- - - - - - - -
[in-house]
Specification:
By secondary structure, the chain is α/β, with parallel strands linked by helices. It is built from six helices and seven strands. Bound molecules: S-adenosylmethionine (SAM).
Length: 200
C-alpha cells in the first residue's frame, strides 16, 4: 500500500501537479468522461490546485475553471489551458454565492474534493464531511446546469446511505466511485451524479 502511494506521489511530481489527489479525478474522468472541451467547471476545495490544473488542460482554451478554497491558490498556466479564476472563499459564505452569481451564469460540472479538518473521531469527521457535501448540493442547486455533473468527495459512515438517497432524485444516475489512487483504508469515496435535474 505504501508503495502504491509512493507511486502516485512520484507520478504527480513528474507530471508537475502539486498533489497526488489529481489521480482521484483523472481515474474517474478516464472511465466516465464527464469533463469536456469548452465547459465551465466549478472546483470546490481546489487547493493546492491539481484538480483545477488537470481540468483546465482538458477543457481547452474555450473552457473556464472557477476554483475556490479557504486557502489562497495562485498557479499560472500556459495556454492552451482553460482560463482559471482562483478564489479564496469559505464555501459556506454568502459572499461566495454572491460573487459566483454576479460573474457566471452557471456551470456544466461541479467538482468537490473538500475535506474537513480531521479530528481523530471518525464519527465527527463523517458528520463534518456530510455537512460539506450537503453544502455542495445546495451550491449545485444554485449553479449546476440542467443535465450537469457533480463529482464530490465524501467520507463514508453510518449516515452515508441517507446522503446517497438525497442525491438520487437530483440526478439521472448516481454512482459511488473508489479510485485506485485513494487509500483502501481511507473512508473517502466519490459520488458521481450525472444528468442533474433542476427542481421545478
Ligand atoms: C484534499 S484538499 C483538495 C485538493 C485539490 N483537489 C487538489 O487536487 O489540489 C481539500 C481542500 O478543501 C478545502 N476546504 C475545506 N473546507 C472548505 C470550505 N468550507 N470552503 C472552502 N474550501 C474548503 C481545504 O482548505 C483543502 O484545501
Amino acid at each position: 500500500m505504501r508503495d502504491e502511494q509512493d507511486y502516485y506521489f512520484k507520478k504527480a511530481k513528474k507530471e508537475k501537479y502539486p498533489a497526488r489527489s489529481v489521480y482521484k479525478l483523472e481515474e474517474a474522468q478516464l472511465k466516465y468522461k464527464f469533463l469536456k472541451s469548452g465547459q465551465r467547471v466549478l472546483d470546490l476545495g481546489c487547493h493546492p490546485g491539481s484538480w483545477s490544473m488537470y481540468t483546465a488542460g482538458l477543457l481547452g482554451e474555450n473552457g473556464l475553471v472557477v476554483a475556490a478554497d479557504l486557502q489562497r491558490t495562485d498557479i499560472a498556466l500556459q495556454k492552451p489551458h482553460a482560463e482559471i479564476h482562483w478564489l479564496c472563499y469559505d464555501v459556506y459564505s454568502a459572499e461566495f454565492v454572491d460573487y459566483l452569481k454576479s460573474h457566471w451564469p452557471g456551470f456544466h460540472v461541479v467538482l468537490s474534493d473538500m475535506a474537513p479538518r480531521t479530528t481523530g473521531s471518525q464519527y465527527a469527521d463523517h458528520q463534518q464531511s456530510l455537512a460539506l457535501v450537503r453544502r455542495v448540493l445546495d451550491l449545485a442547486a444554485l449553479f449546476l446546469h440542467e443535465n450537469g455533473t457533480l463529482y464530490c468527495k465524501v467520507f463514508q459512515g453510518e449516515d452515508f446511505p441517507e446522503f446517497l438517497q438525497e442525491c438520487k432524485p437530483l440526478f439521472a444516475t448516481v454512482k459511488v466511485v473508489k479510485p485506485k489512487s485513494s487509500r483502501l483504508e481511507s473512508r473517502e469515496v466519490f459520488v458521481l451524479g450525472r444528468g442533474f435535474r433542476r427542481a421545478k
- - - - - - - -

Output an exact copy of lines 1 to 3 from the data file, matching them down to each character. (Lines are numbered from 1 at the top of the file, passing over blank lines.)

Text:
[in-house]
Specification:
By secondary structure, the chain is α/β, with parallel strands linked by helices. It is built from six helices and seven strands. Bound molecules: S-adenosylmethionine (SAM).